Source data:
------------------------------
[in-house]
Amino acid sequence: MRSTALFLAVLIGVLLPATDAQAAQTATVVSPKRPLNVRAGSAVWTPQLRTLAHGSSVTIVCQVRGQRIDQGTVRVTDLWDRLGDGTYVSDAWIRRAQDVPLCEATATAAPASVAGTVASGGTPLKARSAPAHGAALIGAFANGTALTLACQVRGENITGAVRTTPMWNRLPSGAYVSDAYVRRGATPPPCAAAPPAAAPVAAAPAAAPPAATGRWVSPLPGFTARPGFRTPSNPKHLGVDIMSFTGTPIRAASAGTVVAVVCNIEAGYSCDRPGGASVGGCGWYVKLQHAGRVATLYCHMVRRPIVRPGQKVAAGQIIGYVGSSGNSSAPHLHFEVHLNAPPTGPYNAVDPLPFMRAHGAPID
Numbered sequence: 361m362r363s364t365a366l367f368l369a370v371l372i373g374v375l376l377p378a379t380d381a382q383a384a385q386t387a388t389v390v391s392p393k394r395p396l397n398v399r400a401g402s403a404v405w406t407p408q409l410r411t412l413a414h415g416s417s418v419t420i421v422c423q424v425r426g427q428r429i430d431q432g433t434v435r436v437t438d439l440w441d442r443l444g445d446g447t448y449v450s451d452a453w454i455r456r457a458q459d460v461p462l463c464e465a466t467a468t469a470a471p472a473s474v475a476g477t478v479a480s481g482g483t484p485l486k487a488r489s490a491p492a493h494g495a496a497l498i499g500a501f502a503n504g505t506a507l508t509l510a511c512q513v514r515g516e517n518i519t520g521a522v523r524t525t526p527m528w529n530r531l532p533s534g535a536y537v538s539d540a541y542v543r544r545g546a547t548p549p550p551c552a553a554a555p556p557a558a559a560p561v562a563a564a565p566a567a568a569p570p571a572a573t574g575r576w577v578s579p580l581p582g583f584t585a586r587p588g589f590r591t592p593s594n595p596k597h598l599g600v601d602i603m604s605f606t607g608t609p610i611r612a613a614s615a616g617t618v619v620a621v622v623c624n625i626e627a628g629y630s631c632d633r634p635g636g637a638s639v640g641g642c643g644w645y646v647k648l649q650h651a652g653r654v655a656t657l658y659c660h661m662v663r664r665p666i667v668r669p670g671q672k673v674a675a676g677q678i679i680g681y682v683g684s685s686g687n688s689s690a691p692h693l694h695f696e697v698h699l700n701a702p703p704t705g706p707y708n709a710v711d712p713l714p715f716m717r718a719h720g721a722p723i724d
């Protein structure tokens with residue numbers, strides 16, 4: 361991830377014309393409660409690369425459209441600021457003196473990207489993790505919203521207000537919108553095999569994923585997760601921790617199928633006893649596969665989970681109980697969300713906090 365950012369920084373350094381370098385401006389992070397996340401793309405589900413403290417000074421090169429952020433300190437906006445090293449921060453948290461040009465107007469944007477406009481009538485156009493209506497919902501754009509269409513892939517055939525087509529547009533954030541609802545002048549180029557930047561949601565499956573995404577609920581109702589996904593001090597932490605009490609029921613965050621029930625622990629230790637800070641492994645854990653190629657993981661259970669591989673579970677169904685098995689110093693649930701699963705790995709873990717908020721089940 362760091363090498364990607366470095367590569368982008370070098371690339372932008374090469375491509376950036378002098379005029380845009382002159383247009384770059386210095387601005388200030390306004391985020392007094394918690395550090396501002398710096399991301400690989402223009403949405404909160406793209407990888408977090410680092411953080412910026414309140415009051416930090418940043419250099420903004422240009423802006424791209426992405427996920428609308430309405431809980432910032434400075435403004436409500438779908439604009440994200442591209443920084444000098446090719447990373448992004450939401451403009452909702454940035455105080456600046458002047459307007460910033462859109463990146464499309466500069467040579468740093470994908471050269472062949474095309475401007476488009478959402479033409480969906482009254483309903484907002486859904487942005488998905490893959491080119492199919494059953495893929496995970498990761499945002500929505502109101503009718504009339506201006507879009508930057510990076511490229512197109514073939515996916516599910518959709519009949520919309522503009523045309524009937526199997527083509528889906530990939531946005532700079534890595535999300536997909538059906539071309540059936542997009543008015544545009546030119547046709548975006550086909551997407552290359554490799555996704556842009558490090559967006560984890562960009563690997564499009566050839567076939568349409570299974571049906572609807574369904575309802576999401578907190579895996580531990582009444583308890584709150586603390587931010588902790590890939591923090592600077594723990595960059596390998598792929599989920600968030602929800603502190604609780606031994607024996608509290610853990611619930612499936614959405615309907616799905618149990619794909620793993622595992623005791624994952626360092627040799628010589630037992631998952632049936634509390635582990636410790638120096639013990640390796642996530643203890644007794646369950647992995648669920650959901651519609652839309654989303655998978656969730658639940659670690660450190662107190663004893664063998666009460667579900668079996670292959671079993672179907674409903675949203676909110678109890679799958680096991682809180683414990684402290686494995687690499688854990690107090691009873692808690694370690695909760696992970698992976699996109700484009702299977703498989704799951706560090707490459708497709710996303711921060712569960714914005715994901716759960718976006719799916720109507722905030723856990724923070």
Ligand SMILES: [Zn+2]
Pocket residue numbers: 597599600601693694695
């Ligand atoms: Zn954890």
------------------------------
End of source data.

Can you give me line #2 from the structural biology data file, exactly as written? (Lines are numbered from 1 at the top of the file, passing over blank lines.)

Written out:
Amino acid sequence: MRSTALFLAVLIGVLLPATDAQAAQTATVVSPKRPLNVRAGSAVWTPQLRTLAHGSSVTIVCQVRGQRIDQGTVRVTDLWDRLGDGTYVSDAWIRRAQDVPLCEATATAAPASVAGTVASGGTPLKARSAPAHGAALIGAFANGTALTLACQVRGENITGAVRTTPMWNRLPSGAYVSDAYVRRGATPPPCAAAPPAAAPVAAAPAAAPPAATGRWVSPLPGFTARPGFRTPSNPKHLGVDIMSFTGTPIRAASAGTVVAVVCNIEAGYSCDRPGGASVGGCGWYVKLQHAGRVATLYCHMVRRPIVRPGQKVAAGQIIGYVGSSGNSSAPHLHFEVHLNAPPTGPYNAVDPLPFMRAHGAPID